In a last ditch attempt to utilize the X-Com brand, Infogrames managed to push one more game out the door in 2001. "Enforcer ... was just a quick run-and-gun game that was put out there to use the Unreal license that had already been paid for," says Ellis. "It used a bunch of the art assets that had been generated for Alliance. ... It came and went very quickly." Enforcer, hated by some and ignored by many, marked the end of the official X-Com franchise.

Whereabouts Unknown
Following the Hasbro shutdown, the X-Com license disappeared, but that didn't stop developers from attempting to re-create the mythical X-Com formula. The Gollop brothers started work on The Dreamland Chronicles: Freedom Ridge, hoping to start over with the original premise. But it was not to be: Virgin Interactive canceled The Dreamland Chronicles in 2002.

"I think if Dreamland had been released rather than canceled maybe things could have been different," says Nick Gollop. "Both me and Julian still regret the way things turned out with that project, as we feel it could have been the true sequel to the original game."

ALTAR Games, a small European developer, purchased the Dreamland assets and re-christened the game UFO: Aftermath. Aftermath and its sequels have since built their own fan base and franchise. They pay homage to the original series but fail to satisfy as true successors.

The Legend Lives On
In light of the failed attempts to deviate from the original X-Com formula, it's no wonder other developers have tried to replicate the original experience as closely as possible.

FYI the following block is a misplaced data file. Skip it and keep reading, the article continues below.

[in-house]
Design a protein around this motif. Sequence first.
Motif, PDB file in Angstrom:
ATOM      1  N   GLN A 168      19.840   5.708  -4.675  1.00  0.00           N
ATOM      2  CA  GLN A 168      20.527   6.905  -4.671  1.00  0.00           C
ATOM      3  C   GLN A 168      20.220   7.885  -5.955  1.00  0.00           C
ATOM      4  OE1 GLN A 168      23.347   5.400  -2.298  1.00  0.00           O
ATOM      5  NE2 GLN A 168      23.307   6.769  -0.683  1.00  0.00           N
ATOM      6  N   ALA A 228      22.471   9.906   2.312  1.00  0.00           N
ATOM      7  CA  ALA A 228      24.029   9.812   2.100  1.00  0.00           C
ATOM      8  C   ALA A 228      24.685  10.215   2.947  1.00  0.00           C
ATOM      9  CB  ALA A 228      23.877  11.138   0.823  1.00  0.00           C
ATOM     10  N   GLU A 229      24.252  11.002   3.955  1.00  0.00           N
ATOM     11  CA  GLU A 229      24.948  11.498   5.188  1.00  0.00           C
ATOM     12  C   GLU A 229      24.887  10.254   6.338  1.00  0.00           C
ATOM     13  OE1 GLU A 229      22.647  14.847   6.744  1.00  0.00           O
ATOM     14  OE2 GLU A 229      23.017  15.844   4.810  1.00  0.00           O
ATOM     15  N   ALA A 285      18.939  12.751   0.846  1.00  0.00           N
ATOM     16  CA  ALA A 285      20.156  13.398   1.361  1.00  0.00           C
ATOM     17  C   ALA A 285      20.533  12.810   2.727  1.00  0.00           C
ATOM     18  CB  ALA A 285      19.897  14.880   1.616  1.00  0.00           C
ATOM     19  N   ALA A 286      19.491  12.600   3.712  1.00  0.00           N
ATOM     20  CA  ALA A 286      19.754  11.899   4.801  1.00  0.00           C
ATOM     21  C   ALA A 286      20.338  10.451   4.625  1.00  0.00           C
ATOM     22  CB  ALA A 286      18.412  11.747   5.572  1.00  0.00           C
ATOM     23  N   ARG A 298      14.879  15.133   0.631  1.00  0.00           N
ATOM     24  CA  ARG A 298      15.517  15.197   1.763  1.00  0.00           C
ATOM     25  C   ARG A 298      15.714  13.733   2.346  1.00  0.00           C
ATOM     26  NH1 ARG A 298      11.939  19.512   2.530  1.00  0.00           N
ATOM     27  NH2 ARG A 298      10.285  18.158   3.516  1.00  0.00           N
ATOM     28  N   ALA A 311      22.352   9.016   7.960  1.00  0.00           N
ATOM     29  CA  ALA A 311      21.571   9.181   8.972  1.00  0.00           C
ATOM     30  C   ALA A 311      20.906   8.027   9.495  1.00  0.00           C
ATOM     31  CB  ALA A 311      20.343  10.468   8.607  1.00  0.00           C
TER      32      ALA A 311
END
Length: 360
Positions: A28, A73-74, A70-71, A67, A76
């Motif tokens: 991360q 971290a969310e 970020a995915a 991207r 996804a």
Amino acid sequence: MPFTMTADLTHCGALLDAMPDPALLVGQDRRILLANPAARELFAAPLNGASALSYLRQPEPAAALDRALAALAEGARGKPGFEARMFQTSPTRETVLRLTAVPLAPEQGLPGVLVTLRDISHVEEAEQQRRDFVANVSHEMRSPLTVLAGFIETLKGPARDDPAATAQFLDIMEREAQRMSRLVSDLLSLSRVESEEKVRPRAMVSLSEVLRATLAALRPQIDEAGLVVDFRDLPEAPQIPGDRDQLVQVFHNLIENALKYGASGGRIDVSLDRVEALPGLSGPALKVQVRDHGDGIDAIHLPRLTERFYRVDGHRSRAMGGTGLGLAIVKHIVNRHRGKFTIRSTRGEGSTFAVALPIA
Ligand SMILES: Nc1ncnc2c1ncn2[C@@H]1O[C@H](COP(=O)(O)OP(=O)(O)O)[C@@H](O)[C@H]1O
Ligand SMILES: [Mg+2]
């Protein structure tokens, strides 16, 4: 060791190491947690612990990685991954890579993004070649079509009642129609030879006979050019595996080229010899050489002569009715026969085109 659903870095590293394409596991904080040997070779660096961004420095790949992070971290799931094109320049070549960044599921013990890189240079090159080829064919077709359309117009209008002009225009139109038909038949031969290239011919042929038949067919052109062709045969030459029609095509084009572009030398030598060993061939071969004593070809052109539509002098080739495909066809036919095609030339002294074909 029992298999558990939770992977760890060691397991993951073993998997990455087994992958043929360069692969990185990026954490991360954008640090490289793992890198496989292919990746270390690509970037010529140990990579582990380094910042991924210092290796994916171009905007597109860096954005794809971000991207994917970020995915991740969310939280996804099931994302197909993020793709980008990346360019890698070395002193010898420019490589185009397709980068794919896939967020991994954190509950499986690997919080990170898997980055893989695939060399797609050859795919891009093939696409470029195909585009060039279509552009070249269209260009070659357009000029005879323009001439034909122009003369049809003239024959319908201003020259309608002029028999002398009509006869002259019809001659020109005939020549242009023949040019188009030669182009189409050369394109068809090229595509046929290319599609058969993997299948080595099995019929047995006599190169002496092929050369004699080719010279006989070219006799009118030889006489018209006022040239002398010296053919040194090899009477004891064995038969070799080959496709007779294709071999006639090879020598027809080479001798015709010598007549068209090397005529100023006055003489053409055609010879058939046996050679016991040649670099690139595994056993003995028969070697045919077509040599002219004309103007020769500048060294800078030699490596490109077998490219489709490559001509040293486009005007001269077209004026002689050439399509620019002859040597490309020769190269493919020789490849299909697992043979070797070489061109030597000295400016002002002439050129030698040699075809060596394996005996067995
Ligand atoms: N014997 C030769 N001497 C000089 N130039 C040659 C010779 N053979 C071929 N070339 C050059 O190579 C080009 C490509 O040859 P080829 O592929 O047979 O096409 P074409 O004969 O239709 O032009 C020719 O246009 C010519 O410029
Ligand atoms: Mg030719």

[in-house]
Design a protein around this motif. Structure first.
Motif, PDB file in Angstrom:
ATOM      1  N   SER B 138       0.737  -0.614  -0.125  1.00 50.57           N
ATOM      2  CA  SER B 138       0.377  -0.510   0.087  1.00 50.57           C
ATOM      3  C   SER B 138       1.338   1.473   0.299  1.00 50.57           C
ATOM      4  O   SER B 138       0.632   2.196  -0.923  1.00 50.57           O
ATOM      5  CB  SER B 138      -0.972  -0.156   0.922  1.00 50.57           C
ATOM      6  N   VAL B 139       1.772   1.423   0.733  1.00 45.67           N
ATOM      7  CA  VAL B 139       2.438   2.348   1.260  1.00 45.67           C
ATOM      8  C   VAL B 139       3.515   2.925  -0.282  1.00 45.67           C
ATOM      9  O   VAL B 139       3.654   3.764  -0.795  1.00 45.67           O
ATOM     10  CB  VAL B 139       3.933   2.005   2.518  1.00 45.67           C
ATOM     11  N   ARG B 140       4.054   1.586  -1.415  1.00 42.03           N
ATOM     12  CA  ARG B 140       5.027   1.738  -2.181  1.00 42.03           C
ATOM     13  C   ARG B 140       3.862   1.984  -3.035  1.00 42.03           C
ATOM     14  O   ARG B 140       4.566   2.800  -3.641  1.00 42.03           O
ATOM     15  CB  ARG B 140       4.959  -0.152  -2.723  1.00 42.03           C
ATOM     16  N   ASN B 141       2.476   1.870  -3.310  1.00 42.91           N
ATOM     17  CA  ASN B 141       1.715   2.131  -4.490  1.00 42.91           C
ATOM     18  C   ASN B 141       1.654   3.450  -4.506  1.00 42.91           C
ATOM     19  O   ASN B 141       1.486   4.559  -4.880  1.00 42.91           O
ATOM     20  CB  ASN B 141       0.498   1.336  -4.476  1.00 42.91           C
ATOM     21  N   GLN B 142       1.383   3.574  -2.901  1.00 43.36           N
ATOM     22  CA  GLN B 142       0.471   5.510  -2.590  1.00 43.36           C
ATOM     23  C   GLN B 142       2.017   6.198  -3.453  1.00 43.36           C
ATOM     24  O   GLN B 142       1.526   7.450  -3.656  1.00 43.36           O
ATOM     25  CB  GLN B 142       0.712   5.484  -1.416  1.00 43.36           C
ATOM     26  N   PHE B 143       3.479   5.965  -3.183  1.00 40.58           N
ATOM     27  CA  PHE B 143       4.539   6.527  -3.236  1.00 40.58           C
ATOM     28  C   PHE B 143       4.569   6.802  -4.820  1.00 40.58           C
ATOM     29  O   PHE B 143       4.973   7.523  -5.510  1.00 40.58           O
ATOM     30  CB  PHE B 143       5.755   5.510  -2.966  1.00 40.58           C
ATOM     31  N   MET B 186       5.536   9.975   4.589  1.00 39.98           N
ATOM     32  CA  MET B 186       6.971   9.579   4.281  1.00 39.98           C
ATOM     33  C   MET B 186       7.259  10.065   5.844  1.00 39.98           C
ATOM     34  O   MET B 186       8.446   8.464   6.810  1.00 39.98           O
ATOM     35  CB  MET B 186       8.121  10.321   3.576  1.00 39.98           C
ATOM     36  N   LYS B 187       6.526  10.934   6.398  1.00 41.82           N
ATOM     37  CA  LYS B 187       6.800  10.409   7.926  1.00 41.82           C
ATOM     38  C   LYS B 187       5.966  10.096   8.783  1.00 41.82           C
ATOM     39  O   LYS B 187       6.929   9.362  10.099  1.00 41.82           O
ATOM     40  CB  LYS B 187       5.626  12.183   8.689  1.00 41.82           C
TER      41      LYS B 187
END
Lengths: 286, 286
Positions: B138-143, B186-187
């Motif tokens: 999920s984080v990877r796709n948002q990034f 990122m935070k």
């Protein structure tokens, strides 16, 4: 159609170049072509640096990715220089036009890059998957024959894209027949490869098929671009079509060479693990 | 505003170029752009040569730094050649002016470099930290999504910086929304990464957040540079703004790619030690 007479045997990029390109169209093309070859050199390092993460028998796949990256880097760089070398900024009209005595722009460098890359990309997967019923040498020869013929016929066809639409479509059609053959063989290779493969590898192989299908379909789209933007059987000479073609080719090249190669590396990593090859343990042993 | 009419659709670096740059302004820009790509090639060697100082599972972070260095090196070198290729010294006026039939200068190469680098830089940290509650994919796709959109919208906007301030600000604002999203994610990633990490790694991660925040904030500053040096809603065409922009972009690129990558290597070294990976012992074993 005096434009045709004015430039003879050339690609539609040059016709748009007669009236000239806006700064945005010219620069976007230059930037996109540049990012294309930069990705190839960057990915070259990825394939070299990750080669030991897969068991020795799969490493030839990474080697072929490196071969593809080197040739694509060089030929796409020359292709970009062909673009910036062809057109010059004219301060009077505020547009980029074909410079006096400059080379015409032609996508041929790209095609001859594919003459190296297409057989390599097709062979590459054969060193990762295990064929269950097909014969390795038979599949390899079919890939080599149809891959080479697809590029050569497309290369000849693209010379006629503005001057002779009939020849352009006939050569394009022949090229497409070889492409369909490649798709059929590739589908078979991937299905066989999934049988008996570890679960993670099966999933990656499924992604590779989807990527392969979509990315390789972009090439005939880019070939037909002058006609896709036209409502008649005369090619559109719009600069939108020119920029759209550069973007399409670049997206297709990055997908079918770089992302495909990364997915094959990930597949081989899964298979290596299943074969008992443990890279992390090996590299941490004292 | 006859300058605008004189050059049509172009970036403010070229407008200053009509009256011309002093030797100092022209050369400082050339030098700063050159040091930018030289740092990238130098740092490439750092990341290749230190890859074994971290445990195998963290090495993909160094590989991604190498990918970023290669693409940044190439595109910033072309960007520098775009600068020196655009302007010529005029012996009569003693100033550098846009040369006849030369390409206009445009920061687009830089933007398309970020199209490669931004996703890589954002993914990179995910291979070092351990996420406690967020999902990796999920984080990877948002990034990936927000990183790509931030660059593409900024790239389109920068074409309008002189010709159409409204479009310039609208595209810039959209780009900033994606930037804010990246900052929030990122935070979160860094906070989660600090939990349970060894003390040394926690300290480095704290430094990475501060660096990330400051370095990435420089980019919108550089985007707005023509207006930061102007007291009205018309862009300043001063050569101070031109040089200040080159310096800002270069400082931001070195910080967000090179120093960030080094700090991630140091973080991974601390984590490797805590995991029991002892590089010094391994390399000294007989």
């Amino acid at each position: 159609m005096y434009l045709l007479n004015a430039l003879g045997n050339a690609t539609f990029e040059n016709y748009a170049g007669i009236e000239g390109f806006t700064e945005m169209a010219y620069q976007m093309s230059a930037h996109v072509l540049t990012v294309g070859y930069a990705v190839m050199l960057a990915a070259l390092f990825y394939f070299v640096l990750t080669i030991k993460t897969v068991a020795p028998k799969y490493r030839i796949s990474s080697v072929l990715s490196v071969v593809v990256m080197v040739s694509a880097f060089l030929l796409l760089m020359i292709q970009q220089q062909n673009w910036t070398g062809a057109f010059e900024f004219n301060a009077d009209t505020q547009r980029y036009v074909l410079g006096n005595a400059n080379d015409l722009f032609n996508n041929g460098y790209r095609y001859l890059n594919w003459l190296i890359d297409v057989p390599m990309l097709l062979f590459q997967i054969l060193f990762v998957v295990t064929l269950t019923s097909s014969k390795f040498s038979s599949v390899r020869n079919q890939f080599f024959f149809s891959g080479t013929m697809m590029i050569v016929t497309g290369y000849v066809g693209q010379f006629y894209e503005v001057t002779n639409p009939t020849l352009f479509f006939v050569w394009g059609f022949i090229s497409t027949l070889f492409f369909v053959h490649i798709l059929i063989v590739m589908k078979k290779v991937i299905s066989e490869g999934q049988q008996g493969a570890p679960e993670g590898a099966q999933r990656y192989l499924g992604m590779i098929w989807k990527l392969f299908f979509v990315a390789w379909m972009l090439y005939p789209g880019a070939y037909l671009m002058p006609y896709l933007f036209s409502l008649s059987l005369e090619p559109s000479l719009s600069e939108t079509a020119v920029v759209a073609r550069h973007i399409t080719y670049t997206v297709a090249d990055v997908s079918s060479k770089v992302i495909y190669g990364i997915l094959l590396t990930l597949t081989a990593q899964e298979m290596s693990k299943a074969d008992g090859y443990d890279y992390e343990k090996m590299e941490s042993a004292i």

In 2007, Chaos Concept, a Czech development team, released UFO: Extraterrestrials. It was as close to an "improved remake" of the original X-Com as you could get. While it garnered relatively favorable reviews, something odd happened: It was widely criticized for being too much like the original X-Com. As with the response to TFTD, players were left wondering why they didn't simply go back and play the original.


The original X-Com has taken on a legendary status of its own; a mythical game that transcends the boundaries of ordinary play. Sticking too closely to the formula draws criticism and comparison to the original, while any attempt to deviate from the original premise and gameplay alienates the fan base. The gaming community can't win. Years of disappointing sequels and missed expectations have made the original seem relatively spectacular by comparison. Its interface flaws are overlooked in the name of nostalgia, and players remember only their favorable impressions from 15 years ago.

A successful sequel must incorporate the strategic/tactical gameplay mechanics and near-future setting of the original. More importantly, it must live up to everyone's unique expectation of the X-Com experience. It's an impossible task, and yet developers keep trying. In the meantime, I'll continue to play a 15-year-old game and wait for someone to get it right.

Alan Au is a freelance writer, academic, and games industry advocate. When he isn't busy defending the Earth from hostile aliens, he spends his time exploring the connection between games, education, and health..

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